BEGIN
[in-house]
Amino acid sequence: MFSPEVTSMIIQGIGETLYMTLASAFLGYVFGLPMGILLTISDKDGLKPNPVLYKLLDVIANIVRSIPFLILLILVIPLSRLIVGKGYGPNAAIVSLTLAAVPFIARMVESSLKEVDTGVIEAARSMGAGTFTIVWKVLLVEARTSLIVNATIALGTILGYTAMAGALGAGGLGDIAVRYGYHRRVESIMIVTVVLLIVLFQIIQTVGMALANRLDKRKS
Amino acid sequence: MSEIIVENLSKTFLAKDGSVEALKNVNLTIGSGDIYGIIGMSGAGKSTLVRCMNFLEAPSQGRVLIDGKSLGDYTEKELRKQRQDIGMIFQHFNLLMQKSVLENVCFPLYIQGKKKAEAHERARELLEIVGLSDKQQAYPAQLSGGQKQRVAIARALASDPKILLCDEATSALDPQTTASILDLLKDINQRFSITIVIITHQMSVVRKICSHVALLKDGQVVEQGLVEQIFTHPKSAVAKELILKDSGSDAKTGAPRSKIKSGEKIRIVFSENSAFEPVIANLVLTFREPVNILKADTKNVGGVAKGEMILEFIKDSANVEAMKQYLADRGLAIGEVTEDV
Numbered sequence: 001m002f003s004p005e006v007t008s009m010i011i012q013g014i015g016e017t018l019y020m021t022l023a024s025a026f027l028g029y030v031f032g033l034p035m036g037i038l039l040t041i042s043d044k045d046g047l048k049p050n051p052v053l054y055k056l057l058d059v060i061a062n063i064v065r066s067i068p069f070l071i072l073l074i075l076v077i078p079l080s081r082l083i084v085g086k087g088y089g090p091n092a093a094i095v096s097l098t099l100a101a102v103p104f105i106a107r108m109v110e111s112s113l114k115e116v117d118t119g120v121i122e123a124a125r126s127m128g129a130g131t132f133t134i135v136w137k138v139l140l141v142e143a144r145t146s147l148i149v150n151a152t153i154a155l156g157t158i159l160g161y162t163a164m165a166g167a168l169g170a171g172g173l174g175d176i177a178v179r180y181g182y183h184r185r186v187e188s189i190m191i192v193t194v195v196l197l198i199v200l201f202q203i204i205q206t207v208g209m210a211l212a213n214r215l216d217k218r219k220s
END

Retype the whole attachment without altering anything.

[in-house]
Amino acid sequence: MFSPEVTSMIIQGIGETLYMTLASAFLGYVFGLPMGILLTISDKDGLKPNPVLYKLLDVIANIVRSIPFLILLILVIPLSRLIVGKGYGPNAAIVSLTLAAVPFIARMVESSLKEVDTGVIEAARSMGAGTFTIVWKVLLVEARTSLIVNATIALGTILGYTAMAGALGAGGLGDIAVRYGYHRRVESIMIVTVVLLIVLFQIIQTVGMALANRLDKRKS
Amino acid sequence: MSEIIVENLSKTFLAKDGSVEALKNVNLTIGSGDIYGIIGMSGAGKSTLVRCMNFLEAPSQGRVLIDGKSLGDYTEKELRKQRQDIGMIFQHFNLLMQKSVLENVCFPLYIQGKKKAEAHERARELLEIVGLSDKQQAYPAQLSGGQKQRVAIARALASDPKILLCDEATSALDPQTTASILDLLKDINQRFSITIVIITHQMSVVRKICSHVALLKDGQVVEQGLVEQIFTHPKSAVAKELILKDSGSDAKTGAPRSKIKSGEKIRIVFSENSAFEPVIANLVLTFREPVNILKADTKNVGGVAKGEMILEFIKDSANVEAMKQYLADRGLAIGEVTEDV
Numbered sequence: 001m002f003s004p005e006v007t008s009m010i011i012q013g014i015g016e017t018l019y020m021t022l023a024s025a026f027l028g029y030v031f032g033l034p035m036g037i038l039l040t041i042s043d044k045d046g047l048k049p050n051p052v053l054y055k056l057l058d059v060i061a062n063i064v065r066s067i068p069f070l071i072l073l074i075l076v077i078p079l080s081r082l083i084v085g086k087g088y089g090p091n092a093a094i095v096s097l098t099l100a101a102v103p104f105i106a107r108m109v110e111s112s113l114k115e116v117d118t119g120v121i122e123a124a125r126s127m128g129a130g131t132f133t134i135v136w137k138v139l140l141v142e143a144r145t146s147l148i149v150n151a152t153i154a155l156g157t158i159l160g161y162t163a164m165a166g167a168l169g170a171g172g173l174g175d176i177a178v179r180y181g182y183h184r185r186v187e188s189i190m191i192v193t194v195v196l197l198i199v200l201f202q203i204i205q206t207v208g209m210a211l212a213n214r215l216d217k218r219k220s